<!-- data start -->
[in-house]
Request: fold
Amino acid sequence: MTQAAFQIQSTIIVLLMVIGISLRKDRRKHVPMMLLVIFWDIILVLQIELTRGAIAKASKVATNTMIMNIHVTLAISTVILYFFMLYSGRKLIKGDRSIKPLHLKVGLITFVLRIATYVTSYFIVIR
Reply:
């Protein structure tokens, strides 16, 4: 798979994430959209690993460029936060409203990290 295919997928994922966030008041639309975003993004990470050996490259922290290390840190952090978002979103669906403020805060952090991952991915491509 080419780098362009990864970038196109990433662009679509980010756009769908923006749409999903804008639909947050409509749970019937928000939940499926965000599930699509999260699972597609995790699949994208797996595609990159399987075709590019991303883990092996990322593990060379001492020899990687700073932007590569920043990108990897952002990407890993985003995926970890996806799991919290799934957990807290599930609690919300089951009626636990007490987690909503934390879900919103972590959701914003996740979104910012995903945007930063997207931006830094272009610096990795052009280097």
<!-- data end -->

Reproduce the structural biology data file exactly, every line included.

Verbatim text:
[in-house]
Request: fold
Amino acid sequence: MTQAAFQIQSTIIVLLMVIGISLRKDRRKHVPMMLLVIFWDIILVLQIELTRGAIAKASKVATNTMIMNIHVTLAISTVILYFFMLYSGRKLIKGDRSIKPLHLKVGLITFVLRIATYVTSYFIVIR
Reply:
């Protein structure tokens, strides 16, 4: 798979994430959209690993460029936060409203990290 295919997928994922966030008041639309975003993004990470050996490259922290290390840190952090978002979103669906403020805060952090991952991915491509 080419780098362009990864970038196109990433662009679509980010756009769908923006749409999903804008639909947050409509749970019937928000939940499926965000599930699509999260699972597609995790699949994208797996595609990159399987075709590019991303883990092996990322593990060379001492020899990687700073932007590569920043990108990897952002990407890993985003995926970890996806799991919290799934957990807290599930609690919300089951009626636990007490987690909503934390879900919103972590959701914003996740979104910012995903945007930063997207931006830094272009610096990795052009280097």